ACCC approves quota system

A SYSTEM designed to reduce the queue of coal ships at the Port of Newcastle was approved Friday by the Australian Competition and Consumer Commission (ACCC), despite the ACCC acknowledging the system has reduced Hunter Valley coal exports in the first half of 2004.
ACCC approves quota system ACCC approves quota system ACCC approves quota system ACCC approves quota system ACCC approves quota system

Port Waratah

Staff Reporter

The system was developed by Port Waratah Coal Services, which operates the coal loading service at the Port of Newcastle. The system has been operating since early April 2004 under an interim authorisation granted by the ACCC in March and final authorisation has now been granted until the end of 2004.

According to the ACCC, the vessel queue was as high as 56 ships before the system began, because coal vessels were arriving at a faster rate than coal could be transported from mines in the Hunter Valley to the port.

The system aims to match the rate of ship arrivals with the capacity of the rail and port systems to transport coal from mine to ship. The vessel queue has dropped substantially since the system began operating, according to the ACCC.

The Newcastle Herald however, quoted Maritime Union of Australia Newcastle secretary Jim Boyle as saying demand had fallen as a result of the plan which has been running with interim approvals since April.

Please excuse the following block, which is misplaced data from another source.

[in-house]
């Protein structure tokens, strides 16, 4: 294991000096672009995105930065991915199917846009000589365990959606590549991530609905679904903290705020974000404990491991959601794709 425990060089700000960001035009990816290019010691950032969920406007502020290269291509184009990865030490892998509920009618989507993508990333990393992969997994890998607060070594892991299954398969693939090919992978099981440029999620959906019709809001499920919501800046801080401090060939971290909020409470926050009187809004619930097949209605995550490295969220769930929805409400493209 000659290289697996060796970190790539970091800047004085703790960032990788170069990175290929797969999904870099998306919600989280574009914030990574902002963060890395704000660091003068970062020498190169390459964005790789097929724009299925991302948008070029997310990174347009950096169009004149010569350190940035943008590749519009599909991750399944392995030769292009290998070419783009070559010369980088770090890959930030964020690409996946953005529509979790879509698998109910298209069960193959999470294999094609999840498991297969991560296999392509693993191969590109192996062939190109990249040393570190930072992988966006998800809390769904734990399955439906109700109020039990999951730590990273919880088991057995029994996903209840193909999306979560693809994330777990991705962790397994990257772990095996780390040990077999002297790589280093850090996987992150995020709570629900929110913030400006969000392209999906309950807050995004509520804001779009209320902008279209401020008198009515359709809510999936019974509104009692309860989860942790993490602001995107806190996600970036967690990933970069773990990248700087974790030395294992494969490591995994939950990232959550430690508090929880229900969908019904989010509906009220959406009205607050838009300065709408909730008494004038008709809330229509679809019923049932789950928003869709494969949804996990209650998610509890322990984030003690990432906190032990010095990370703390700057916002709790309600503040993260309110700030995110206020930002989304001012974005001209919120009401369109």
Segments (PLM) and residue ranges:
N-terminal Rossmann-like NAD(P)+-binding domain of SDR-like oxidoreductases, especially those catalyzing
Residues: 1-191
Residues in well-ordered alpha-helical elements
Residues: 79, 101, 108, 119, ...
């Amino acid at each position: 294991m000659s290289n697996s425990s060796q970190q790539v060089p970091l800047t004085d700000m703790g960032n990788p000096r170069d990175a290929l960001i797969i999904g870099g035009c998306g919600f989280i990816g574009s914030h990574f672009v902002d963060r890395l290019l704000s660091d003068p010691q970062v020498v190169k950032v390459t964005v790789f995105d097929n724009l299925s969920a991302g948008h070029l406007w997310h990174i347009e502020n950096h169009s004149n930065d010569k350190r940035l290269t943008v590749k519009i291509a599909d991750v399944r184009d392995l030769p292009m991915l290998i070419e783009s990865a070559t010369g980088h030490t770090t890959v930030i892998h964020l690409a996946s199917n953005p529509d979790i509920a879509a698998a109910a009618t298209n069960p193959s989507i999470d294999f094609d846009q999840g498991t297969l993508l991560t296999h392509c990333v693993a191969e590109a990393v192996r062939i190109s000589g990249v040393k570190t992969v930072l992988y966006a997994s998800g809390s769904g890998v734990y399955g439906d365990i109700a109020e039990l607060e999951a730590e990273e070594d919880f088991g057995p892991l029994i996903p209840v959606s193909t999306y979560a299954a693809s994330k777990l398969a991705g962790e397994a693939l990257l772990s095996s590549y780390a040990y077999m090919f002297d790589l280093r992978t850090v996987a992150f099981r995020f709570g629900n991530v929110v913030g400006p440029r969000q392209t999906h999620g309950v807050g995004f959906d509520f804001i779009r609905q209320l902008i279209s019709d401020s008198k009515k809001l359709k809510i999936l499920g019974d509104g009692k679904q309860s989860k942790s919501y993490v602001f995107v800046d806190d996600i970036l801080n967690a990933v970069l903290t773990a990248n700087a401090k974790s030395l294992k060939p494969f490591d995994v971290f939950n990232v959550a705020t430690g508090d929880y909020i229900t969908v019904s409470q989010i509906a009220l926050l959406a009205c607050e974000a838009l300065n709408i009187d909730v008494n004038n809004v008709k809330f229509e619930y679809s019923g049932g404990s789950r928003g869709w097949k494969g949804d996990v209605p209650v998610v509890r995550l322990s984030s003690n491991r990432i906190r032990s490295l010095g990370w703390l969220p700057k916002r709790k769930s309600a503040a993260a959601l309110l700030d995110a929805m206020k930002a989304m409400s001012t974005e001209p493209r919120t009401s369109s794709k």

"We made this point very early on in our formal submission, saying this was a plan by PWCS that managed the coal chain by telling customers not to come," Boyle told the newspaper.

To try and ensure the system does not reduce Hunter Valley coal exports, the ACCC has also allowed producers to sell their allocation to one another.

The main advantage, according to the ACCC will be a reduction in the demurrage costs paid by the industry, estimated to be between $110 million and $195 million in 2004.

Overall, the ACCC was satisfied that the public benefit will outweigh the public detriment.

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